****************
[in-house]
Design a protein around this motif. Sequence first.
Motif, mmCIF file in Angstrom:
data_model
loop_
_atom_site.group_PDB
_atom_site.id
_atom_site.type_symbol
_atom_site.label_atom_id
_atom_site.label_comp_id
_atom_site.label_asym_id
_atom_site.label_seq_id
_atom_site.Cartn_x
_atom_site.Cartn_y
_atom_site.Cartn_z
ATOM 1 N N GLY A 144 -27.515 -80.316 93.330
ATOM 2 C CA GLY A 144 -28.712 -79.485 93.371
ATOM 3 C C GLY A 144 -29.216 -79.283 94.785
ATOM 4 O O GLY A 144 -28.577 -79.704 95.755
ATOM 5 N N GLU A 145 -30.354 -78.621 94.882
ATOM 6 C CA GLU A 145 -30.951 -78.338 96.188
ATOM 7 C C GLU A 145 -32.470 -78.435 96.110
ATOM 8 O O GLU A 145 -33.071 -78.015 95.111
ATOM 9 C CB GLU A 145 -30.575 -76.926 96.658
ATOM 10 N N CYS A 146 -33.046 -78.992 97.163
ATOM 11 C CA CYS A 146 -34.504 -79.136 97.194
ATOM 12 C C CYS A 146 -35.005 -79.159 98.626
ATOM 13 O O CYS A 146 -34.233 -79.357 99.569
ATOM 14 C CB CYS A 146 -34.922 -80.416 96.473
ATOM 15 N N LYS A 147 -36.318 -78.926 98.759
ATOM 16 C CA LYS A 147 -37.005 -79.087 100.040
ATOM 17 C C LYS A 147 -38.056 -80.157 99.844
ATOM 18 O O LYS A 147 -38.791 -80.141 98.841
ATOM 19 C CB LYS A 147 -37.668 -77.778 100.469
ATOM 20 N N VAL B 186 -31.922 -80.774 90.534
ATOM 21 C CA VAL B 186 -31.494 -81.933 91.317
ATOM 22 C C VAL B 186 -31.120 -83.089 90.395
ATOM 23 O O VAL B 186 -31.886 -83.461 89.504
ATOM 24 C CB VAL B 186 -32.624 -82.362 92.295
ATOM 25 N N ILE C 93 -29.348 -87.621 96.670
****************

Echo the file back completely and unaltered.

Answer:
[in-house]
Design a protein around this motif. Sequence first.
Motif, mmCIF file in Angstrom:
data_model
loop_
_atom_site.group_PDB
_atom_site.id
_atom_site.type_symbol
_atom_site.label_atom_id
_atom_site.label_comp_id
_atom_site.label_asym_id
_atom_site.label_seq_id
_atom_site.Cartn_x
_atom_site.Cartn_y
_atom_site.Cartn_z
ATOM 1 N N GLY A 144 -27.515 -80.316 93.330
ATOM 2 C CA GLY A 144 -28.712 -79.485 93.371
ATOM 3 C C GLY A 144 -29.216 -79.283 94.785
ATOM 4 O O GLY A 144 -28.577 -79.704 95.755
ATOM 5 N N GLU A 145 -30.354 -78.621 94.882
ATOM 6 C CA GLU A 145 -30.951 -78.338 96.188
ATOM 7 C C GLU A 145 -32.470 -78.435 96.110
ATOM 8 O O GLU A 145 -33.071 -78.015 95.111
ATOM 9 C CB GLU A 145 -30.575 -76.926 96.658
ATOM 10 N N CYS A 146 -33.046 -78.992 97.163
ATOM 11 C CA CYS A 146 -34.504 -79.136 97.194
ATOM 12 C C CYS A 146 -35.005 -79.159 98.626
ATOM 13 O O CYS A 146 -34.233 -79.357 99.569
ATOM 14 C CB CYS A 146 -34.922 -80.416 96.473
ATOM 15 N N LYS A 147 -36.318 -78.926 98.759
ATOM 16 C CA LYS A 147 -37.005 -79.087 100.040
ATOM 17 C C LYS A 147 -38.056 -80.157 99.844
ATOM 18 O O LYS A 147 -38.791 -80.141 98.841
ATOM 19 C CB LYS A 147 -37.668 -77.778 100.469
ATOM 20 N N VAL B 186 -31.922 -80.774 90.534
ATOM 21 C CA VAL B 186 -31.494 -81.933 91.317
ATOM 22 C C VAL B 186 -31.120 -83.089 90.395
ATOM 23 O O VAL B 186 -31.886 -83.461 89.504
ATOM 24 C CB VAL B 186 -32.624 -82.362 92.295
ATOM 25 N N ILE C 93 -29.348 -87.621 96.670